It's not that I'm a lousy housekeeper. Far from it, but let's face it... housework is drudge work, especially when there are four people living here and only one person doing the really dirty work. True, my children do have chores but they only accomplish the absolute bare minimum necessary to keep me from witholding privileges and generally making their lives miserable. As a result, the little things are left undone. Like the corners on the floors that hold on to all manner of dirt and debris. Like the laundry that gets folded but never distributed so it languishes in the laundry basket for days. Like the dishes that get washed but the dirty sink is never scoured. I could go on and on. Then there are those things that you look at everyday but don't see really see or perhaps you just look right through them as if they aren't there, like the dust that accumulates on the top edges of tall furniture, door frames and ceiling fan blades, yada yada yada. I won't even touch the issues of pet hair, oven cleaning and freezer defrosting. Those things are just downright depressing.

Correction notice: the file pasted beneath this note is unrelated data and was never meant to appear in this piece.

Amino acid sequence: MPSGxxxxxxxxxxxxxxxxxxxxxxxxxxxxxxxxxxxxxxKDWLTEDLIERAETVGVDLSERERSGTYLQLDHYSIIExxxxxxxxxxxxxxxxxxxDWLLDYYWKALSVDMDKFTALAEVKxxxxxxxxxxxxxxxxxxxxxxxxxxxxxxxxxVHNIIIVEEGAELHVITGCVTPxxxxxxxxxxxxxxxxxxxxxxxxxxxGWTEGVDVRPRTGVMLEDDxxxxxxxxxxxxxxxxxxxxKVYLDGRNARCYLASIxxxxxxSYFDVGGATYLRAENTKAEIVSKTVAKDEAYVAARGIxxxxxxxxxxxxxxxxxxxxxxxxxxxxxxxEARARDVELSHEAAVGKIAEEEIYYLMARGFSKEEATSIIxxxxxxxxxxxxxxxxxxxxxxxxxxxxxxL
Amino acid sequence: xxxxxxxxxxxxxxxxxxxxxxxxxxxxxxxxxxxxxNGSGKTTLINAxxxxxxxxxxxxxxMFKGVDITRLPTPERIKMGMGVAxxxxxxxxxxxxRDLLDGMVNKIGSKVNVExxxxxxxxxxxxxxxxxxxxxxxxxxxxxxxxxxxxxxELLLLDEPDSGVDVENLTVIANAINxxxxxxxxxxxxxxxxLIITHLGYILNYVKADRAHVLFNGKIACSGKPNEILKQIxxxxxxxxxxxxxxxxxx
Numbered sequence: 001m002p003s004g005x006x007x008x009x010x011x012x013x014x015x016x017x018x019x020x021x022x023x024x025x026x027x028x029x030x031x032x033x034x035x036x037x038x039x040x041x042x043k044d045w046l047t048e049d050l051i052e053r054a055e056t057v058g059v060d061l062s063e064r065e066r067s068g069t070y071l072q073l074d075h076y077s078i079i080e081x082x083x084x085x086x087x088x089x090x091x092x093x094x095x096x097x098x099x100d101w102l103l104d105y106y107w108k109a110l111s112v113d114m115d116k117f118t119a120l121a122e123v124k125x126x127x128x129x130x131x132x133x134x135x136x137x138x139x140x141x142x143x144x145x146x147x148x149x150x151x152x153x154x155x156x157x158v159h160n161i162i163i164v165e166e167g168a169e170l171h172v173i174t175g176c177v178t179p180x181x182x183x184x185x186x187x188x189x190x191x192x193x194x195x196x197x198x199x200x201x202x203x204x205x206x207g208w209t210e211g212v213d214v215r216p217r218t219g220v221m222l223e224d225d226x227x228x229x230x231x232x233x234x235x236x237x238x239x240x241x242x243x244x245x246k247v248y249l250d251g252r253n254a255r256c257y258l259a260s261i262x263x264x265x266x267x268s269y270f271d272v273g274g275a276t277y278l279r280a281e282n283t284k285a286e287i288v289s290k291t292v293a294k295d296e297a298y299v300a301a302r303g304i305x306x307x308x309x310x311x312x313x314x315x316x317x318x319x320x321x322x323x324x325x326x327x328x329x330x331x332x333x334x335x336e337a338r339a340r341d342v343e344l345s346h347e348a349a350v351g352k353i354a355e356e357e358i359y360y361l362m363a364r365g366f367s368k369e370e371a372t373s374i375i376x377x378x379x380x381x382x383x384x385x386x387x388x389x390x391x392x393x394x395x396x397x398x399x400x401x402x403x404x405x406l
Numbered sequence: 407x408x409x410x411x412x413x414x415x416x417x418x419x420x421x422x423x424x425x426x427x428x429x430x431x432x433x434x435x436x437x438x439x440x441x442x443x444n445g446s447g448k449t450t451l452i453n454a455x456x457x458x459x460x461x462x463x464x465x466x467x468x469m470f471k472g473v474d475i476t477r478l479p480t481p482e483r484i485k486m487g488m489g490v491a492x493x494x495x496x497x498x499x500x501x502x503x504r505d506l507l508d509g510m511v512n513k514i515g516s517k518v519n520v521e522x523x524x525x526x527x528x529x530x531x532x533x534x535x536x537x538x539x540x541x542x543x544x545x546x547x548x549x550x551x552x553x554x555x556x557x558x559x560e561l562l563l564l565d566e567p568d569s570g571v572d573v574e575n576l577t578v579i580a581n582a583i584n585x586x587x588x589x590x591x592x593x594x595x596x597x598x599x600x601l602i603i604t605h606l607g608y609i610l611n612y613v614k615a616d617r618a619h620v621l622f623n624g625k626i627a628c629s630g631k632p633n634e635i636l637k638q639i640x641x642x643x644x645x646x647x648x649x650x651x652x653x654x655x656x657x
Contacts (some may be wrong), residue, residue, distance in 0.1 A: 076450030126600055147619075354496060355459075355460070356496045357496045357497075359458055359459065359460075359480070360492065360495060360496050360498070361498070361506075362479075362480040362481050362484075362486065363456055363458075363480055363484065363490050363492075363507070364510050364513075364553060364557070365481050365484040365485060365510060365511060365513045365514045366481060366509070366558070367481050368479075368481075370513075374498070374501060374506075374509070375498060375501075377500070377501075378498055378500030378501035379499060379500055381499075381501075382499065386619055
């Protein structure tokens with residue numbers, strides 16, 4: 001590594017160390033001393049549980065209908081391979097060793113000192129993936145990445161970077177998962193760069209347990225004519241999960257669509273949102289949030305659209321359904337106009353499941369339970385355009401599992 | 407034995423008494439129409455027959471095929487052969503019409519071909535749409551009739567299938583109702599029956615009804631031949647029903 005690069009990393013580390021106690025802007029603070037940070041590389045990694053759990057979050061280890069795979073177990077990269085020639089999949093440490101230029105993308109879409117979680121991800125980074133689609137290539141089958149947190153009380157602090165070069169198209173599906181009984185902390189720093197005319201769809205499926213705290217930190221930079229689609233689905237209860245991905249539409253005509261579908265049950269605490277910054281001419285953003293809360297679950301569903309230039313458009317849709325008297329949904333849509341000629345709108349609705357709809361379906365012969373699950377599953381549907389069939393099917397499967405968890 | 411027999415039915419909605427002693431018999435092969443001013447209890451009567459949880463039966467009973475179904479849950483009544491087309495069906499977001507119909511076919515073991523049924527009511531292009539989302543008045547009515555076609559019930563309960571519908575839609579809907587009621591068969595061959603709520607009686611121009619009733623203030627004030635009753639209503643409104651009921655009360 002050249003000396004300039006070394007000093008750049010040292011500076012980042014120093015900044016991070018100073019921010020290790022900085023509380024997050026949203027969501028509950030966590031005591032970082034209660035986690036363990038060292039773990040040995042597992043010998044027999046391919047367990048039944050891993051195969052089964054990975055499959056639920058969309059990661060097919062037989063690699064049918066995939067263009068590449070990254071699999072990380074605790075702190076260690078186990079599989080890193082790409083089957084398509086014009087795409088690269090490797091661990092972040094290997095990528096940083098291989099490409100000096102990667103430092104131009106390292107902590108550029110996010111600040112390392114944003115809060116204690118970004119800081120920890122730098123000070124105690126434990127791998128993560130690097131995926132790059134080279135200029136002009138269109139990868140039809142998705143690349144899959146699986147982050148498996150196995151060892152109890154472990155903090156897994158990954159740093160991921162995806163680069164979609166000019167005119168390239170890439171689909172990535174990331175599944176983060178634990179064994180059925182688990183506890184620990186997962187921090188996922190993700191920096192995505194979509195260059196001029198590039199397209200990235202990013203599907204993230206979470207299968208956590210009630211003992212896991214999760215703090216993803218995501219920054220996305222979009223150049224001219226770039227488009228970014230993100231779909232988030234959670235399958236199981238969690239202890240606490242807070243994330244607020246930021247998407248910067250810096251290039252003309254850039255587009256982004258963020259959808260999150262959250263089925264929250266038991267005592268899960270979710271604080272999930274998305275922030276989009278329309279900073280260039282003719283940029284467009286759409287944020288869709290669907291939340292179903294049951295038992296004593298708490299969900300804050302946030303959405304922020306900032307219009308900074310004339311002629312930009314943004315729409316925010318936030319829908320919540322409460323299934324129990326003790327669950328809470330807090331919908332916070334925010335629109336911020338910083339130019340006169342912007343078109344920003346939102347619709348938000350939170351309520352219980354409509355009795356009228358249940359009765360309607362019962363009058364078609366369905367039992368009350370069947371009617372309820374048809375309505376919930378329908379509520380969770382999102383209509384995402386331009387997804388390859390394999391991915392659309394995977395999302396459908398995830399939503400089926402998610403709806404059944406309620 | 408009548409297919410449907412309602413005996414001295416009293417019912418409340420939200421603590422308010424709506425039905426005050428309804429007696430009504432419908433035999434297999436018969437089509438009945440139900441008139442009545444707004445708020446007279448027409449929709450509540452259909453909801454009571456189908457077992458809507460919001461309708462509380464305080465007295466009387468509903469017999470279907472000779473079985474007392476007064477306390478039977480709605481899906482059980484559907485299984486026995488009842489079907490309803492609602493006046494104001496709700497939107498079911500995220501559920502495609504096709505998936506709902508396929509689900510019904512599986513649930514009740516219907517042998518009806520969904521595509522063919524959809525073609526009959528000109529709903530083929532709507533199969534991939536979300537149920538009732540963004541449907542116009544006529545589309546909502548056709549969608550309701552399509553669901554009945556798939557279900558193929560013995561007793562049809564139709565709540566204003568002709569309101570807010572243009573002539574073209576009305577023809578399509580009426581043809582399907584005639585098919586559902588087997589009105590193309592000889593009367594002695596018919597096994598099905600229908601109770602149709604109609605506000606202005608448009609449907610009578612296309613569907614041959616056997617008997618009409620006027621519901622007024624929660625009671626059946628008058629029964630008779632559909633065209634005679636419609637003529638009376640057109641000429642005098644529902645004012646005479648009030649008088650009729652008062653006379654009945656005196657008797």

After a while those little things add up to one big load of dust and dirt. And as is the nature of housework, it doesn't stay done. As soon as you clean something it gets used or dirtied again and the cycle begins all over again. It's enough to make me insane so I take an approach that helps me retain some semblance of sanity...I ignore the mess. But that tactic only takes me but so far. The day always comes when, in a fit of misdirected energy, I'll begin to clean something and then something else until, before I realize it, I've opened up a housekeeping hornet's nest. It happened to me today. That's when I took stock and really looked at my house. I looked into the corners, on the ledges, at the windows and mirrors, into those little used areas that seem to welcome dust with open arms, and I'm disgusted. Disgusted and embarrassed at the sad state of my own home. How did I think I could clean someone else's home when my own is in such a shameful state?